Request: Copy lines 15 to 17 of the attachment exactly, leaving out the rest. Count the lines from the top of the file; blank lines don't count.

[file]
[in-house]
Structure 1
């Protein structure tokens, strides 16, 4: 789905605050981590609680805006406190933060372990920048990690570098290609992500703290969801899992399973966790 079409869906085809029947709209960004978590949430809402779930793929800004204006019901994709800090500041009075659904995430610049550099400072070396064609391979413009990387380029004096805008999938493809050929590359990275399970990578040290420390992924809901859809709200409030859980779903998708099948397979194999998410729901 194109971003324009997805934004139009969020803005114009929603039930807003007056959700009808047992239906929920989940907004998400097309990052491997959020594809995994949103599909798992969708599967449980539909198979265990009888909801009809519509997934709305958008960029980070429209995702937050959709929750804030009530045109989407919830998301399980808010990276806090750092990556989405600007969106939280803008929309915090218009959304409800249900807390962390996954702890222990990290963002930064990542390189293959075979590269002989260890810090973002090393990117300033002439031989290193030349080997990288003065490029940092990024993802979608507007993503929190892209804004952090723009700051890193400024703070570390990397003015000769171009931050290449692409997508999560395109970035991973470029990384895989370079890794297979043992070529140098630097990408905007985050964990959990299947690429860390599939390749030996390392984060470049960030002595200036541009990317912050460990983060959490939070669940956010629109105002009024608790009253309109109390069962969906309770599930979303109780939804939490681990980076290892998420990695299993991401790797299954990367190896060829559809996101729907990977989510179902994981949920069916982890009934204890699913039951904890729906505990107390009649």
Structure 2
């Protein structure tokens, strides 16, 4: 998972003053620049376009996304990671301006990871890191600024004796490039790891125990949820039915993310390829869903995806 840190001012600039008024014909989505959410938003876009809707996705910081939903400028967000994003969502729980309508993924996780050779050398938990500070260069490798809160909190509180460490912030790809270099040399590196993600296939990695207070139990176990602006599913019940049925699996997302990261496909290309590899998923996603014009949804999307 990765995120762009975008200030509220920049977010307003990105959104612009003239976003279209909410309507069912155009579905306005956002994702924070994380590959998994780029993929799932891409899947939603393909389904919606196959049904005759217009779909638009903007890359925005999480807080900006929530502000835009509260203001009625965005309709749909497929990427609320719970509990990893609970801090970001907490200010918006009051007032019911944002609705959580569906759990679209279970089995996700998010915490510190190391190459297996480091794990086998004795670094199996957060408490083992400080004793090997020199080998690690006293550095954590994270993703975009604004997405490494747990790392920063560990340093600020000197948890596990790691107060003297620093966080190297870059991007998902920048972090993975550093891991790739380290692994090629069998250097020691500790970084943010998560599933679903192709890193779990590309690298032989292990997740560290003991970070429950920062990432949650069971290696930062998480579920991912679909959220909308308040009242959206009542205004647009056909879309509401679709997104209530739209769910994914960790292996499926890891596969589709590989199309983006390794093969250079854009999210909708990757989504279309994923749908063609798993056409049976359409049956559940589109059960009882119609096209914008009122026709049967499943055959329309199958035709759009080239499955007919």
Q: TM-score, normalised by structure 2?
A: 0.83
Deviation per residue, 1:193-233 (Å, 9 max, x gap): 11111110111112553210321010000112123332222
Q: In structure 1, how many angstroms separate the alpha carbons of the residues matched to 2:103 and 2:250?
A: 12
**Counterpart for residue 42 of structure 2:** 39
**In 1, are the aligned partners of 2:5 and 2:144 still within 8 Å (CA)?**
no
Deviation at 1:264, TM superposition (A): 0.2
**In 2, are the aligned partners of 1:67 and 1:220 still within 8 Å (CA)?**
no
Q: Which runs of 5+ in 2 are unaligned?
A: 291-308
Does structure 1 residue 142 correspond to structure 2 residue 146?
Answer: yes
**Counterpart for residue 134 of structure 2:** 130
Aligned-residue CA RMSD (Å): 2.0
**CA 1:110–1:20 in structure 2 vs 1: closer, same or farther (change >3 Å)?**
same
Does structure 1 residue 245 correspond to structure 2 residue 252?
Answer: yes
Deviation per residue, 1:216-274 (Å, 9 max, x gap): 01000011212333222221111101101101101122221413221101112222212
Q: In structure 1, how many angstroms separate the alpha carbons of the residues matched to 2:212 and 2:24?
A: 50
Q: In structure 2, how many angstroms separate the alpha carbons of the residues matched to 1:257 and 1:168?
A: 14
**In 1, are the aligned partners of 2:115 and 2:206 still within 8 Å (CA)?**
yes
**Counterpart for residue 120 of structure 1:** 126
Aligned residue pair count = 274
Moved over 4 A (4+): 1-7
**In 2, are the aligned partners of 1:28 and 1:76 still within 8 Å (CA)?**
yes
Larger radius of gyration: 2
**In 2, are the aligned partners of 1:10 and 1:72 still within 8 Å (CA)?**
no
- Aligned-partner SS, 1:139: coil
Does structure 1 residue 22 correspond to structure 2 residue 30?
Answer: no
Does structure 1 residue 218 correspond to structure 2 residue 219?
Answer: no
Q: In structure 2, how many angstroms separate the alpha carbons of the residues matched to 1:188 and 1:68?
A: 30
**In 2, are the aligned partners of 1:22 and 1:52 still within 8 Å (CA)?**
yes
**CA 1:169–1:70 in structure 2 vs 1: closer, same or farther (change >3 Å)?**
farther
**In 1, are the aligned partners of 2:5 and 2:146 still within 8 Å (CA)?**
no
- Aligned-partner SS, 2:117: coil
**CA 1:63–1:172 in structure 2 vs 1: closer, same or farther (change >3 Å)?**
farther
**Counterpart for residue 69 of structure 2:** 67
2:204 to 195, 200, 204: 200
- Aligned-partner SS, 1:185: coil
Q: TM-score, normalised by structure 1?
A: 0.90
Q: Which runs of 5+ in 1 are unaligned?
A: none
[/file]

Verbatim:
**In 2, are the aligned partners of 1:67 and 1:220 still within 8 Å (CA)?**
no
Q: Which runs of 5+ in 2 are unaligned?